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NFL to introduce new aptitude test at Scouting Combine this weekend

The oft-criticized Wonderlic Test is going to receive a companion piece at the Scouting Combine this year, as teams look for new ways to categorize and evaluate their latest investments.

Morris Claiborne reportedly got a 4 on the Wonderlic. Seriously.
Morris Claiborne reportedly got a 4 on the Wonderlic. Seriously.
Brian Spurlock-US PRESSWIRE

The Wonderlic exam. Originating as an intelligence test in the '70s by Tom Landry, it has been used as a general indicator of the intelligence of potential draftees during the NFL scouting combine. Varied stories

The logic of using a 50 question multiple choice exam that is administered in 12 minutes to judge the intelligence of players has often come upon a lot of criticism, and finally, the NFL is adding an extra step to help further evaluate those individuals who represent the future of their organization. (Check out how you might do on the Wonderlic here.)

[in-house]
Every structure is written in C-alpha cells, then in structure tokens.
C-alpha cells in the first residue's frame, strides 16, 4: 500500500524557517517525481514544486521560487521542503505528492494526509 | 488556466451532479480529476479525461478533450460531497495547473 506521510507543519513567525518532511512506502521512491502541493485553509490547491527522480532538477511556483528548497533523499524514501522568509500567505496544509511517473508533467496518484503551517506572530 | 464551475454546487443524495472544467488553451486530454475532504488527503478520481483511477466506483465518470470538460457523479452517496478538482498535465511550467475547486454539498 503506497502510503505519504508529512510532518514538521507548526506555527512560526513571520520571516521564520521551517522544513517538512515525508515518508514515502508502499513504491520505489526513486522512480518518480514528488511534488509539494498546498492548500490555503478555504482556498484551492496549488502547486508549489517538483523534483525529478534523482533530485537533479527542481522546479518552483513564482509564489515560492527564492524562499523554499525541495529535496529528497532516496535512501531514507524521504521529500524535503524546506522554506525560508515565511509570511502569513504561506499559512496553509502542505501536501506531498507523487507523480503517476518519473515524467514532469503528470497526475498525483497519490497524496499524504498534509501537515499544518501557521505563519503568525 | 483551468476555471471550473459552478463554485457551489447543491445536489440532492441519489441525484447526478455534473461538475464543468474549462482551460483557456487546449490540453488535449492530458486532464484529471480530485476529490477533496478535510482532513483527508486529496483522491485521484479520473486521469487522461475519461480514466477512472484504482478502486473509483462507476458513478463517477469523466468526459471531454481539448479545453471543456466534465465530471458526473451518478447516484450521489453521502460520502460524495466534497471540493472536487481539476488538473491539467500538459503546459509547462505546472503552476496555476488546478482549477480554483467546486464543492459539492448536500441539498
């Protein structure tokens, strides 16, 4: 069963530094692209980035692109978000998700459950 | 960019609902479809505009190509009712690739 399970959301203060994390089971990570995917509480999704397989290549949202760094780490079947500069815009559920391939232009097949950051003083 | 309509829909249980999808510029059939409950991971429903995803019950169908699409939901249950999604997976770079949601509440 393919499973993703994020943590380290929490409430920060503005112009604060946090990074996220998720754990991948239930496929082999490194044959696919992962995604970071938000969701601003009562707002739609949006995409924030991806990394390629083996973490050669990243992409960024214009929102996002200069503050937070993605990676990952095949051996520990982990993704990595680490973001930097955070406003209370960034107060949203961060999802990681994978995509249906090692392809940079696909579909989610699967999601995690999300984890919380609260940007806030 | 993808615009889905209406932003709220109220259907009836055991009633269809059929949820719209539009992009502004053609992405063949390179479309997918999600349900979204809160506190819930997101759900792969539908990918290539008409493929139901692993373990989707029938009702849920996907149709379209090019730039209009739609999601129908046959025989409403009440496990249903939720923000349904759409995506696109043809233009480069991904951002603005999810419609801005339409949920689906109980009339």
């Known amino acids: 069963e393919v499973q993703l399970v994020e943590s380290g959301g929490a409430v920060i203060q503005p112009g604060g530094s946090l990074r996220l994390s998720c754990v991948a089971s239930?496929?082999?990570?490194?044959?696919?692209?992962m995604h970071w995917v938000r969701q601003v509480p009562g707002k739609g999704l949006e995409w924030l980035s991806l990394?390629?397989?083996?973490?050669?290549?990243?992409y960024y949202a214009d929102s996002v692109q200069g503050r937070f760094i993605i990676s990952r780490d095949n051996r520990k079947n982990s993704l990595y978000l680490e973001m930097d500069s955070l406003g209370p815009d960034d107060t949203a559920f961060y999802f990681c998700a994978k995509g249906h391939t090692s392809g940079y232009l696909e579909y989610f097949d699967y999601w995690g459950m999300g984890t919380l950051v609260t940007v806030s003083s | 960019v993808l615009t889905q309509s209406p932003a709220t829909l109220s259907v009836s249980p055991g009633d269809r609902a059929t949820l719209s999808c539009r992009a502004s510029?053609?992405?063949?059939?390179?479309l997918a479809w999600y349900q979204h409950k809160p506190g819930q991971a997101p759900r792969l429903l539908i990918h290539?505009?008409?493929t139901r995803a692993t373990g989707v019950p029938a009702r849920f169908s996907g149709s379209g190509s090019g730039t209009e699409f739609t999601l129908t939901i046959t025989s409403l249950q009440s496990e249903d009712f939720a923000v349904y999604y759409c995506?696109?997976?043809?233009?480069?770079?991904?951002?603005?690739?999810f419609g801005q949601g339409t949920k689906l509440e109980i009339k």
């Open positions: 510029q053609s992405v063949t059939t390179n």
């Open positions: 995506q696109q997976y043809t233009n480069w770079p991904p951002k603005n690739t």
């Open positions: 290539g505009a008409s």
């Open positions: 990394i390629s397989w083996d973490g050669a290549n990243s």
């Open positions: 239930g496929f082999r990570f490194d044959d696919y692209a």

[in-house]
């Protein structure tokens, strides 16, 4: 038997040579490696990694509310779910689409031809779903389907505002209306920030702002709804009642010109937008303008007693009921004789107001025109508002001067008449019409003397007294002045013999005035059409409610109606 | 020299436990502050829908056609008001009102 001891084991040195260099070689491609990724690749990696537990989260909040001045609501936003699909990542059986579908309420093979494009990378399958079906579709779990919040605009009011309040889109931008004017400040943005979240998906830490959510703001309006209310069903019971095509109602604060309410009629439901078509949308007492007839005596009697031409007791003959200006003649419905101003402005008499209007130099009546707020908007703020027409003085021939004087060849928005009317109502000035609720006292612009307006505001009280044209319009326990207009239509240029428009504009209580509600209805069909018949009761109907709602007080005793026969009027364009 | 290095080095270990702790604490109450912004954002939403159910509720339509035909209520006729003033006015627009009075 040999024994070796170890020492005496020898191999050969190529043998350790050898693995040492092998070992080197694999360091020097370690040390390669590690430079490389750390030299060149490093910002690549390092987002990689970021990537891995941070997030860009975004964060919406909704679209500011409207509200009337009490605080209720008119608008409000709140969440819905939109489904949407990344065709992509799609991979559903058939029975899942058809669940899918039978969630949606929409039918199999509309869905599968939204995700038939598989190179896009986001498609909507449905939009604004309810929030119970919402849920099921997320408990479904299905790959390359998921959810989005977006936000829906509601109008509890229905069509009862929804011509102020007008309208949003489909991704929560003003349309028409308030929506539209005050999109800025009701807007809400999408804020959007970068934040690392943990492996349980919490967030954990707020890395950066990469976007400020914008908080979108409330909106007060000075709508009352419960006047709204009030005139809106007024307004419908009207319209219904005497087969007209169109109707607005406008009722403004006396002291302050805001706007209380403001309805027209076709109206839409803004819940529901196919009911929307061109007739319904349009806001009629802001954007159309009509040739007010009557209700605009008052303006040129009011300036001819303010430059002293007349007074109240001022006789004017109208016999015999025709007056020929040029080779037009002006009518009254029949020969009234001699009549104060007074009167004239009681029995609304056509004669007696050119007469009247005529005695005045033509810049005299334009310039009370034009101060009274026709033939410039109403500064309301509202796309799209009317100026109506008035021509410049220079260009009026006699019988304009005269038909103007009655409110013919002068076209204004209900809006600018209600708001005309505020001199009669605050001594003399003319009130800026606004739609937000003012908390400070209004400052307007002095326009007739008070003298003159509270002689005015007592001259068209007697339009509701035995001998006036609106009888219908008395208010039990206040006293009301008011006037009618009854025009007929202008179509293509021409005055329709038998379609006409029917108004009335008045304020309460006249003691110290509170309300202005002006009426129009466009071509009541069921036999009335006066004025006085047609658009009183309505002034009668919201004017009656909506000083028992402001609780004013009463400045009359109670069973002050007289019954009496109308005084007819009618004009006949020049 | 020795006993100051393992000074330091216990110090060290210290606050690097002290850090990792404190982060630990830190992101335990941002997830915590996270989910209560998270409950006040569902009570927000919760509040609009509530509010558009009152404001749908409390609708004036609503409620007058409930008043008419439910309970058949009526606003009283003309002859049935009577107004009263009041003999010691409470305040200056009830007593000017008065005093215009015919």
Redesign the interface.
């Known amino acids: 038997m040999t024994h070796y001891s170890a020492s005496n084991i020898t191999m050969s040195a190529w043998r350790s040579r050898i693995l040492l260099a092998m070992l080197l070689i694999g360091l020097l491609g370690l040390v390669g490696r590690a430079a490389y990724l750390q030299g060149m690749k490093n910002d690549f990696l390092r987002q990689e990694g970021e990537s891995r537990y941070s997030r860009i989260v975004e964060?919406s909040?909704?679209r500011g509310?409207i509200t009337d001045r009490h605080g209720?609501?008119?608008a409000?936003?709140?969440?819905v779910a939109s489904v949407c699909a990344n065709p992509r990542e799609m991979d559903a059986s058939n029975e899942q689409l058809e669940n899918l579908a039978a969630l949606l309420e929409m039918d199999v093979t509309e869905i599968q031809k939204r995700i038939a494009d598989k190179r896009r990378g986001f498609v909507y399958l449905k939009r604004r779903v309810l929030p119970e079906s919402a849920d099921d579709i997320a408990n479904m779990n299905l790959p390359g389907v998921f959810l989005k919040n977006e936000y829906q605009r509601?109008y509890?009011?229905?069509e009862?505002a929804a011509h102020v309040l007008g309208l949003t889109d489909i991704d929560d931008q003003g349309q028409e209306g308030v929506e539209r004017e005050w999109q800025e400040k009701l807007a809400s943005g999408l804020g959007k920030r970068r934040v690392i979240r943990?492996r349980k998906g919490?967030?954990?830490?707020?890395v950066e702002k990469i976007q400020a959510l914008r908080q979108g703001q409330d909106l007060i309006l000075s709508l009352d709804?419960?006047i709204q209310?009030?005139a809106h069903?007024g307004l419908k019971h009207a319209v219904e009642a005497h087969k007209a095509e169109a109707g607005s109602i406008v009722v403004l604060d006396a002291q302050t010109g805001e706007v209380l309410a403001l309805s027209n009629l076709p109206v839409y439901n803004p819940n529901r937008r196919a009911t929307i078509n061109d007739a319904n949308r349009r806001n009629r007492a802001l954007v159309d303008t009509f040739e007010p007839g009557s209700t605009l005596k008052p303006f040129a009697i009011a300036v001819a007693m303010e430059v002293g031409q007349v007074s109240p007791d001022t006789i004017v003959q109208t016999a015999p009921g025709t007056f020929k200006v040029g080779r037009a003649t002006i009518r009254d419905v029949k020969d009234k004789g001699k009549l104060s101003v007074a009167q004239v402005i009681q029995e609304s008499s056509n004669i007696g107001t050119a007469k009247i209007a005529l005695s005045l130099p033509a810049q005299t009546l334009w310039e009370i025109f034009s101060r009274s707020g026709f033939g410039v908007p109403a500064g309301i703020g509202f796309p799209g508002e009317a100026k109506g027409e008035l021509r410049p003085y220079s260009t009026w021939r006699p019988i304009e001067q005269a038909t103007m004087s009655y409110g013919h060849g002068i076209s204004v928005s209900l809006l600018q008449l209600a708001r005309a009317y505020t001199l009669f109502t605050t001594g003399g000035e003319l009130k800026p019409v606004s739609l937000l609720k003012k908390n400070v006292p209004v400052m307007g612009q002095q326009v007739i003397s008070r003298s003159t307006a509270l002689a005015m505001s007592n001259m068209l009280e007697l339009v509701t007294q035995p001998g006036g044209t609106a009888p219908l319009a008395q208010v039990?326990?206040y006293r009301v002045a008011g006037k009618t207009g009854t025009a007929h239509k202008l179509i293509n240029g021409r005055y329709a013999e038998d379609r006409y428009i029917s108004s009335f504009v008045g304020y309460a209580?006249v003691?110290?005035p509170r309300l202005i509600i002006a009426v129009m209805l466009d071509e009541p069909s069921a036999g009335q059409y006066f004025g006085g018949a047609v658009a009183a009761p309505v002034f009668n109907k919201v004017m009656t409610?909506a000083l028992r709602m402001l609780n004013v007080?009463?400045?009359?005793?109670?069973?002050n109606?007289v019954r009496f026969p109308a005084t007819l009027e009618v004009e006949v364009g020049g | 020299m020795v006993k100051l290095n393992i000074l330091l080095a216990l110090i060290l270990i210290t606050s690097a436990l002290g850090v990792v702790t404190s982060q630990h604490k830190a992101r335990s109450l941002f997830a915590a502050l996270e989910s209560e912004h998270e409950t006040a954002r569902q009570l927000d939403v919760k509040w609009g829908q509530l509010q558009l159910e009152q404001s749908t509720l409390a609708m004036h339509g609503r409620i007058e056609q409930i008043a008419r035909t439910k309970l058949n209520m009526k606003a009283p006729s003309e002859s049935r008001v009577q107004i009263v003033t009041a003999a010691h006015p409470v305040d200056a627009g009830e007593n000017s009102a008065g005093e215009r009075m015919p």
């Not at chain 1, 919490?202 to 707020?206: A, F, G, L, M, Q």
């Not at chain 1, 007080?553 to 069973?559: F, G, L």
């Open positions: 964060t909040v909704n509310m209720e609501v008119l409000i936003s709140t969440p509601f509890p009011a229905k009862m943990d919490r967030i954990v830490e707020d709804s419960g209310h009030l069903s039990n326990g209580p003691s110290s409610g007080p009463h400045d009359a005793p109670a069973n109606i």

In a memo, the NFL outlines the new assessment, with an excerpt below (Read the full memo here at

The assessment tool being introduced at the Combine is not intended to displace anything currently in use or substitute for other tests that are given either at the Combine or by the clubs themselves. Rather, this new test measures a wide range of competencies, including learning styles, motivation, decision-making skills, responding to pressure or unexpected stimuli, and core intellect

Steve Wyche at has further details about the exam:

  • Administered in a classroom environment
  • 60-minute exam
  • "No way" to study or prepare
  • Test results shared with one or two team executives
  • Each team will receive a page of "coaching points" to help suggest how best to work with an individual, and whether that person will fit in with the team's coaching staff

It is very interesting to see the NFL, in a day and age where we are reevaluating how learning takes place all over, are realizing and recognizing that they need to re-evaluate their methods. Particularly when we see that studies have shown that general mental ability has no real effect on future football performance. (Read: You can be dumb as a box of rocks and still be a damn good football player.)

Will it work? It's hard to say, but the extra data likely won't hurt. It may just help avoid the Titus Youngs of the future, too.